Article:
Friday night.
The 5 degrees C, the rain and the sleet of the previous few days were gone! The refreshing night breeze brushed our faces as we sat down on the bales of hay under a vast black, star-filled sky. Angus will tell you that God speaks to him through the weather and the perfect conditions throughout the weekend were a testament to this contract. In some parts of the world he is called “The Rainmaker”, but he corrects them when he says, “I’m the Rainmaker’s Son.”

Mighty Men Conference 09. Open air stage

Mighty Men Conference 09. Open air stage

The stage was 600 sq meters in size and 8 stories high. The monitors facing the cardinal points were 3 tons each. We sat 120m from the stage but could see and hear perfectly. The sound and video quality were perfect although Friday night’s singing from the stage was horrific – a problem largely sorted by the next day. The bales of hay were comfortable and I had no desire to take one of the plastic chairs some 30 meters behind us.

Angus welcomed us as family guests onto his farm. He explained that the fallow fields were a decision of faith, as each would normally bear a sizable maize crop by this time of the year. This time however, the harvest would be of a different nature and far more significant. Then he started to preach about the love of God. I’ve always found it easy to listen to the still, small voice of God speaking to me through creation. Now however, creation was booming as the loudspeakers filled the valley causing some sentences to echo back and forth 5 or 6 times before fading into the distance.

Saturday morning.
Under a blue sky with thin wispy clouds Angus continued the next morning. He urged all the men present to actively seek God. To MAKE time. To read his word, to pray and to get to know God. Then he warned that difficulties would naturally follow in an attempt to discourage the relationship from deepening. He explained that faith in God’s love was the weapon against the trials; he urged us to learn to live by faith.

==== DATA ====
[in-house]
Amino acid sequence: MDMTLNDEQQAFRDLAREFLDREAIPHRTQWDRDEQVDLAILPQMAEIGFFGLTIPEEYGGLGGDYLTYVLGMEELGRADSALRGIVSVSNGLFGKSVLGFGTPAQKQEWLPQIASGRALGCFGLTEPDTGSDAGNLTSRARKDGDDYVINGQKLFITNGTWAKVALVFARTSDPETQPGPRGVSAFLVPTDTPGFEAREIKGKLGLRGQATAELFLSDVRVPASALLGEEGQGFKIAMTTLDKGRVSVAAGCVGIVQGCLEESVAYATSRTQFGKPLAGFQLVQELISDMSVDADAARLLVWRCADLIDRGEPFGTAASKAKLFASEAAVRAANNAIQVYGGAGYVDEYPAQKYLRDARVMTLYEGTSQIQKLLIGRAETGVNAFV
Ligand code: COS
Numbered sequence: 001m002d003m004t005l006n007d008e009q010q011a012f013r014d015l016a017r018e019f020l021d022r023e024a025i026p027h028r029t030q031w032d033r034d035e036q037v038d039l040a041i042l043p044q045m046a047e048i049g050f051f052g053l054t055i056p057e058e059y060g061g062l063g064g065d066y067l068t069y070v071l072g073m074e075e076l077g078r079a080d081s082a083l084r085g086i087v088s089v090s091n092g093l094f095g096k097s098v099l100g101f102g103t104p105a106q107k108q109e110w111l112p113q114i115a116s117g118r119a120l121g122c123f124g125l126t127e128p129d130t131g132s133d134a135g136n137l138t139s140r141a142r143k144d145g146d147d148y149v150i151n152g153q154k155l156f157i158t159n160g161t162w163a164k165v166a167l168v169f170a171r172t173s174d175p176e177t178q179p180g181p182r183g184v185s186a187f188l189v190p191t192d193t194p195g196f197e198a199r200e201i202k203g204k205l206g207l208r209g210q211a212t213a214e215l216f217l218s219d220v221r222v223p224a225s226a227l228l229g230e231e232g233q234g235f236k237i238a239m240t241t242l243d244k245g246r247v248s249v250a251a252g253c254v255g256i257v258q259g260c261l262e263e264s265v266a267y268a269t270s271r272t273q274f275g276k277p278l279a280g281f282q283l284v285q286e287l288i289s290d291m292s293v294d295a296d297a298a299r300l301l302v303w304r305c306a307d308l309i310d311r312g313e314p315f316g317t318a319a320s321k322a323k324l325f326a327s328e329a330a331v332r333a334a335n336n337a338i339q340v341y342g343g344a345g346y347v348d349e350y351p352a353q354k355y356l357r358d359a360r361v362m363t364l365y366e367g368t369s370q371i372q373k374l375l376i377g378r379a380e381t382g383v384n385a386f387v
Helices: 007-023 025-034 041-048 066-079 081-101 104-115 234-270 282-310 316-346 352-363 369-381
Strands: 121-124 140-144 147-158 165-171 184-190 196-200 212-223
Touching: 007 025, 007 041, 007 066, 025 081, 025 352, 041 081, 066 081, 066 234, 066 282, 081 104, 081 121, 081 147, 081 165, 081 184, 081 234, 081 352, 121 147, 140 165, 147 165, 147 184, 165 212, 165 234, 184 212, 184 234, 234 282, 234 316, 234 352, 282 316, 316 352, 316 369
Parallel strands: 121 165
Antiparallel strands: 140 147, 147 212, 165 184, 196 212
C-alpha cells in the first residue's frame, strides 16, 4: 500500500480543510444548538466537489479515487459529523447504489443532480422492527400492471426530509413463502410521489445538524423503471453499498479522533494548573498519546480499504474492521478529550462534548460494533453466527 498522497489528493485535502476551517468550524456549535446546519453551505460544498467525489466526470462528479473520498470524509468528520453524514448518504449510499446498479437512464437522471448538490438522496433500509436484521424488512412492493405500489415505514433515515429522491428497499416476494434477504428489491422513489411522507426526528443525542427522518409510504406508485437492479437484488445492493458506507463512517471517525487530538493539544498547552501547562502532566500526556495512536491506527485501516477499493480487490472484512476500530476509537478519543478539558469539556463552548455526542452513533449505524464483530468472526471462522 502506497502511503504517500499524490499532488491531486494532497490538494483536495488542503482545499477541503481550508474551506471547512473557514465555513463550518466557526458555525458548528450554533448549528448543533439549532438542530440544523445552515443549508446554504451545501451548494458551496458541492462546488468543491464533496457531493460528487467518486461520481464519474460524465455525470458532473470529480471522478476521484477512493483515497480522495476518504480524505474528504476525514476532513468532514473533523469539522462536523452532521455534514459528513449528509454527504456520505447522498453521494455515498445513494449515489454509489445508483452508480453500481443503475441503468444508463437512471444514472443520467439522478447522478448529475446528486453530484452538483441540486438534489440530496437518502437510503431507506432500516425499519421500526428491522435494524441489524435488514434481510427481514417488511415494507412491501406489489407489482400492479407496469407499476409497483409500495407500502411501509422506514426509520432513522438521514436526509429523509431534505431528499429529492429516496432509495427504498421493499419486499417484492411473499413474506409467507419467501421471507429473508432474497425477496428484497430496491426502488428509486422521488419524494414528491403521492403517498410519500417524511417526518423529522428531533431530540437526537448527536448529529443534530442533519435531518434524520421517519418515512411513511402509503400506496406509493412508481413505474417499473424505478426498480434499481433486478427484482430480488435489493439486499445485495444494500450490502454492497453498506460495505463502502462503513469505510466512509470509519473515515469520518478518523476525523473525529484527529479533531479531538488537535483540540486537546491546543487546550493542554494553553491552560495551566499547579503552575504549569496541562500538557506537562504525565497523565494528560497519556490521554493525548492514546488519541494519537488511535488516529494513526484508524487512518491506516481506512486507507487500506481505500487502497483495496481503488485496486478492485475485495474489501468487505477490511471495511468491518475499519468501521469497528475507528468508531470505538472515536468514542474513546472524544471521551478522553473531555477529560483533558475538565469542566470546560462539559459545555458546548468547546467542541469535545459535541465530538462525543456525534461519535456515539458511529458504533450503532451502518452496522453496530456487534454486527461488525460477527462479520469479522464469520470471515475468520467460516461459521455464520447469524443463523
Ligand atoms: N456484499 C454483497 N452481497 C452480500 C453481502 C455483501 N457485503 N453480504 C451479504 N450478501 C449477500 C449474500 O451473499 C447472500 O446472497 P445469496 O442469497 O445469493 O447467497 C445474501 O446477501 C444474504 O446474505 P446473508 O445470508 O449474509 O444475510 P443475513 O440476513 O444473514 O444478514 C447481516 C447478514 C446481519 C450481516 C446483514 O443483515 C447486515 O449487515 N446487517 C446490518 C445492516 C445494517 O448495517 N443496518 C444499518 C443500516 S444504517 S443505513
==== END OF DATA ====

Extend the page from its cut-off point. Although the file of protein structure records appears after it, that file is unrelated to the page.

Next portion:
That afternoon Angus collapsed twice in what turned out to be a heart attack. He was flown by helicopter to Pietermaritzburg. The men in the campsite were rounded up and urged to pray for his healing. They spent many hours in prayer and later that night Angus was given a clean bill of health and allowed to return to the stage the next morning.

Sunday morning.
Angus, emotional and shaken by his experience spoke only for a short while. His message was simple i.e. “Feed my Sheep”.

What I loved about the weekend was his simple and straightforward message. We did not hear the religious words or the original Greek. We were all ‘men together’ representing our families, our communities and our country. We listened with a common ear and a single beating heart. As one, we opened our hearts to the word of God. As a group, we repented bearing one another up in solidarity. Together we evaluated those areas of our lives that were in chaos. Together we looked at those parts of our lives that needed urgent surgery. We knelt together, we cried together and we rose up together. At the close, we left with the words still ringing in our ears, ‘feed my sheep’, reminding us of all the work that needed to be done once we returned to our everyday lives.

He spoke to us as one man to another, understanding our weakness and without judgment. His love of God and of his audience was moving. The urgency of his message was clear. We left feeling that we were not alone in our battles and trials; that our experiences were common to all men and known by God.

The most important thing we took home was that we were loved; that despite our warts and our shortcomings that a future was possible, that things can change and that with God at our side a morning victory was inevitable, no matter how dark the night.

Our photos were mainly taken on the Sunday when the girls joined us. We stayed long after everybody had left the arena. We built a house for Josh out of the bails of hay. We took photos, messed around, before heading off to one of the tented camp shops to buy footlong hotdogs, caps and T shirts.

Posted by: kitchencabinet100 | April 19, 2009

Slideshow Charisse’s Graduation 15 April

Here is the slideshow of Charisse’s graduation. Enjoy if you have some bandwidth.

Choose “View all images” below. Once it loads,choose “Slideshow” from below the window.

Posted by: kitchencabinet100 | April 18, 2009

Charisse’s Honours Graduation

If you step closer you can hear then say, "Seize the day"
If you step closer you can hear then say, “Seize the day” – Dead Poets Society

Wednesday 15 April. Pretoria University.